ReseñaIn just the last twenty years there has arisen a strong interest, especially among teachers of logic at the universities, in teaching techniques of applied logical reasoning and critical thinking. Many universities are now stressing these skills at an introductory level, and to meet the need, informal logic has begun to form and grow as a discipline in its own right. Like all subjects, it helps us to understand it if we can situate it in a context of historical development.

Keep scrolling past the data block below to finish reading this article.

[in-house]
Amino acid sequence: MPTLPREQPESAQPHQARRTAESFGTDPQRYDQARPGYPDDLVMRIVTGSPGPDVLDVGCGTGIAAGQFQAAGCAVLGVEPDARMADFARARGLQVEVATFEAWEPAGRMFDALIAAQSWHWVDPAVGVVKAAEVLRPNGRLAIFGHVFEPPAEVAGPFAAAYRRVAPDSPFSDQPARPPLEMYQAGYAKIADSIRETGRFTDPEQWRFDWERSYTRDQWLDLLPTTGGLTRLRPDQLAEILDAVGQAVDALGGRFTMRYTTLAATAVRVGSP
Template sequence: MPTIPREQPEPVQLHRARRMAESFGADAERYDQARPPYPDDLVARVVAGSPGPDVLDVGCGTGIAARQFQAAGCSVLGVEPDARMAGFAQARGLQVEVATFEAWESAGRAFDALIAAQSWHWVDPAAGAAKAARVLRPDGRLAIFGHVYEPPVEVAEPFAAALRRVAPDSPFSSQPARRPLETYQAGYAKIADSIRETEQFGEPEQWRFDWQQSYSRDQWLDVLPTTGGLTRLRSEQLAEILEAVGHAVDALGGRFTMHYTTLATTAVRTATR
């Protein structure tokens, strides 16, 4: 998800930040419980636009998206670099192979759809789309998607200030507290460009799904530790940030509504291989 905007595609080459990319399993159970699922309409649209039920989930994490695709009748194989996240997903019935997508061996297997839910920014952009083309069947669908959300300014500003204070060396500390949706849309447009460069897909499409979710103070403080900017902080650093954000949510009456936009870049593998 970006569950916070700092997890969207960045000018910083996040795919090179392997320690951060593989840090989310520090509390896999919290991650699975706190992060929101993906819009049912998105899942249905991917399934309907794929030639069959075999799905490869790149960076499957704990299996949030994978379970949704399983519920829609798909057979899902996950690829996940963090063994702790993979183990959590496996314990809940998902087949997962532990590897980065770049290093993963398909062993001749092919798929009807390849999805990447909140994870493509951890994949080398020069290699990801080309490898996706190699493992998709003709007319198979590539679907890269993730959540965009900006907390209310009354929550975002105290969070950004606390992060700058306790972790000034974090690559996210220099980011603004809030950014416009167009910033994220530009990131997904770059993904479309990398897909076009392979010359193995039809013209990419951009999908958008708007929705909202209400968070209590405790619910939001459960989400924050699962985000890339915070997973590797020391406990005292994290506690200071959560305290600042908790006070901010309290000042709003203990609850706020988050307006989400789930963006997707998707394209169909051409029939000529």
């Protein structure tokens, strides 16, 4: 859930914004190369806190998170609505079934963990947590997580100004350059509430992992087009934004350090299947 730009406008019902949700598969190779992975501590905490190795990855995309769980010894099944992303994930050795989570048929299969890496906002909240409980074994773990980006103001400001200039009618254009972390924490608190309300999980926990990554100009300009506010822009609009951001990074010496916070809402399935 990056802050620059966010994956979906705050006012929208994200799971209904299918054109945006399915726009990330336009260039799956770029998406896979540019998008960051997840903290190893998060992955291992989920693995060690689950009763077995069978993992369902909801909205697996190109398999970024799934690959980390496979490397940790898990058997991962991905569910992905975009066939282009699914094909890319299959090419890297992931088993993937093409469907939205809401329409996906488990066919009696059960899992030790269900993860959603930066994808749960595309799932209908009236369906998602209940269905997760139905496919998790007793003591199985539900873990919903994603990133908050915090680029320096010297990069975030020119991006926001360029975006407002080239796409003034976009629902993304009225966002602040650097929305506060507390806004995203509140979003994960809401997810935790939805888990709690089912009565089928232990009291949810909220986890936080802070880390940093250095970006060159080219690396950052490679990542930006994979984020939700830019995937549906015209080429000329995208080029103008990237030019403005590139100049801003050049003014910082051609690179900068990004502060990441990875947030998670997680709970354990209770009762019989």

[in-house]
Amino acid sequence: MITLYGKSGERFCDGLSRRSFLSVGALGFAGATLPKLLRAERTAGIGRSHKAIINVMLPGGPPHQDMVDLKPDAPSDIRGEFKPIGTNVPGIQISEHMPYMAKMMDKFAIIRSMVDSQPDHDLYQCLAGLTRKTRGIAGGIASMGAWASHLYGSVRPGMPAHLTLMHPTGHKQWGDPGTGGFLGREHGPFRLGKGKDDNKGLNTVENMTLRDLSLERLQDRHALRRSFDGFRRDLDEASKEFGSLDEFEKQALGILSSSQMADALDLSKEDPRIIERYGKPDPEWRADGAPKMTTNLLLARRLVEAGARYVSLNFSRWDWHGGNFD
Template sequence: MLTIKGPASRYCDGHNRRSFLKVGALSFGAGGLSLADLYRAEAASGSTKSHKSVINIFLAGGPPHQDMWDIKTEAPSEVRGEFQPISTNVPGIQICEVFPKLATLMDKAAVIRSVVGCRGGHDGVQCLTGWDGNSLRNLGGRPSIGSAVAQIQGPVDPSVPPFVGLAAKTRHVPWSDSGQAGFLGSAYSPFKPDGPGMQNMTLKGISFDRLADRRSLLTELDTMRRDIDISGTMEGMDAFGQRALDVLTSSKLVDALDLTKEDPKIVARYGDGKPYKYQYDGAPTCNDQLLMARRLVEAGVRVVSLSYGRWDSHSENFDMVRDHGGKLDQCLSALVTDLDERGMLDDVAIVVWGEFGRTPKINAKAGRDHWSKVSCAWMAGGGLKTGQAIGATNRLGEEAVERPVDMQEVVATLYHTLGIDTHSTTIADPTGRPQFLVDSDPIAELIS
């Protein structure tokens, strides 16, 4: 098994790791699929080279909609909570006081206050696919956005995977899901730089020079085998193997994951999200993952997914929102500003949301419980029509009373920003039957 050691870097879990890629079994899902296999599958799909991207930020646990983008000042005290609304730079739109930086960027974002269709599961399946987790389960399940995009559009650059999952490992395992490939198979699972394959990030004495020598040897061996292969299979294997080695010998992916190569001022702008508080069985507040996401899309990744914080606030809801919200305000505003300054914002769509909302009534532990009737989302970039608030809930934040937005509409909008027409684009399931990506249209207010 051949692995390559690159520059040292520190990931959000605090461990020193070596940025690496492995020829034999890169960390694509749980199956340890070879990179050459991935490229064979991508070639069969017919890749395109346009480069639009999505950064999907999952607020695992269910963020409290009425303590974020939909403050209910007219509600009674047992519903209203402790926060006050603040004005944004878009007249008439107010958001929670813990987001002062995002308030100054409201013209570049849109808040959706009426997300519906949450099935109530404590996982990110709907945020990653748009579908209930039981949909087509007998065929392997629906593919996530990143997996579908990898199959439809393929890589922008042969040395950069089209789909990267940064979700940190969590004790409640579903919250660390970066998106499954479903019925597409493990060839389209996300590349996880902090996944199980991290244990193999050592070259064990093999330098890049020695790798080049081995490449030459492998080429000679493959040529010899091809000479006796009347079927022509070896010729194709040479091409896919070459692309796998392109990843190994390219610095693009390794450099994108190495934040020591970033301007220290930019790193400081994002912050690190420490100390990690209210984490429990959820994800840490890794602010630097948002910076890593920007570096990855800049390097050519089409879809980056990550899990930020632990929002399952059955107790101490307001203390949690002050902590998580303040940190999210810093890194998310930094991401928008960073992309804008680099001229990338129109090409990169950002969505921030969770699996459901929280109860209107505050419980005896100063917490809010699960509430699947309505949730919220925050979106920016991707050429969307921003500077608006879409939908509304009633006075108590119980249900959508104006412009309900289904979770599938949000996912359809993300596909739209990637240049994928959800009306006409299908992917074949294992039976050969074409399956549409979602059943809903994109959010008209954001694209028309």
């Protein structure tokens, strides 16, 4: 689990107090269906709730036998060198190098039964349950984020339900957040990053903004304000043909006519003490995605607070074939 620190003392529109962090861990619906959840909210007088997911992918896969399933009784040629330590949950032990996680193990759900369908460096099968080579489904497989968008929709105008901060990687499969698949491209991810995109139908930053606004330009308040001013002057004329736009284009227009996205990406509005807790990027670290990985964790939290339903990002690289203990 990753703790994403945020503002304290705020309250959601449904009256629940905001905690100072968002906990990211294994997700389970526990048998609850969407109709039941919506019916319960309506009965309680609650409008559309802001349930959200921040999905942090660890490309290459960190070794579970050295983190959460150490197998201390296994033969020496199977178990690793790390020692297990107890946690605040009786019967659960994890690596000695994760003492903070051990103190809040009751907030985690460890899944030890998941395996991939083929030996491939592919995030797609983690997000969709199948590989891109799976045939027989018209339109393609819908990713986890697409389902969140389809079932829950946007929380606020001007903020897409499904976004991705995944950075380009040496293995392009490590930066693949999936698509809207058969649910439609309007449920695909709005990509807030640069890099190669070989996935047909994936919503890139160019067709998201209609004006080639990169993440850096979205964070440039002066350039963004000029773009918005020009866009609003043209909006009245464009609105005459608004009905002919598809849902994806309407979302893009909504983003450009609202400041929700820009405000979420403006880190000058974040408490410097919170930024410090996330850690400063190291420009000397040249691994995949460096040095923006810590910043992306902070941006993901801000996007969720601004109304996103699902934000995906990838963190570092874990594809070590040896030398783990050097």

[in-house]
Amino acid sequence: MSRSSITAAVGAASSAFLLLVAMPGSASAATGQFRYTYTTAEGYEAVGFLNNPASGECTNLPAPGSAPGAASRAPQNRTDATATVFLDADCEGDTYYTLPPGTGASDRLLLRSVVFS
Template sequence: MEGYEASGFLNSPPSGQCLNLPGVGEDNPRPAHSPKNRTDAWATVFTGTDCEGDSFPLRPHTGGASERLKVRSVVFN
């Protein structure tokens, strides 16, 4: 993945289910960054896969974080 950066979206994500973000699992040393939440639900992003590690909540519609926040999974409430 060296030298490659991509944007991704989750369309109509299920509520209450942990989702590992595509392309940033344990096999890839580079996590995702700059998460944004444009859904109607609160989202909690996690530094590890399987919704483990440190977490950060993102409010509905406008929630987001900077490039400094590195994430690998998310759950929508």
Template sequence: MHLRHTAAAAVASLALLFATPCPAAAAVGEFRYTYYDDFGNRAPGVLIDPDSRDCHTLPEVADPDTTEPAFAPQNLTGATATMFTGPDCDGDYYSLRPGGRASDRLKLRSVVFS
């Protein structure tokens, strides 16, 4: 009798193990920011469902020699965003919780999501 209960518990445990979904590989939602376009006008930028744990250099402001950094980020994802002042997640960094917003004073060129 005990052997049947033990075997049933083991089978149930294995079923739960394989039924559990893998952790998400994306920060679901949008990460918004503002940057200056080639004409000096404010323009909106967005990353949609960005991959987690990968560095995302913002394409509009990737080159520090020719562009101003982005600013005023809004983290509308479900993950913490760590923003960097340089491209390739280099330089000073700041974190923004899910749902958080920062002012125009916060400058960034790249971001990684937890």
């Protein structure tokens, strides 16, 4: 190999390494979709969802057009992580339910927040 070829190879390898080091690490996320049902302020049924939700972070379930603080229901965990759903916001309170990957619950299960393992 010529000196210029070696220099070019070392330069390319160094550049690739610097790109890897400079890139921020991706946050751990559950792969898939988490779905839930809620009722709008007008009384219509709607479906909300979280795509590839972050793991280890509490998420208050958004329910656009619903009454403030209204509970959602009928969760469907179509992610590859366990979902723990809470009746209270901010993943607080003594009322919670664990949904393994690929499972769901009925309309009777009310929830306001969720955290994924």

This collection of essays provides the readings required to understand the development of a subject whose historical origins have been so far little studied. Many of the chapters are written by scholars in philosophy and speech communication who are themselves leading contributors to the subject, and their contemporary views throw light on how these earlier writers have influenced their thinking. This dimension gives an added interest to the essays, and indicates the way informal logic is currently evolving and seeking out its ancient historical origins.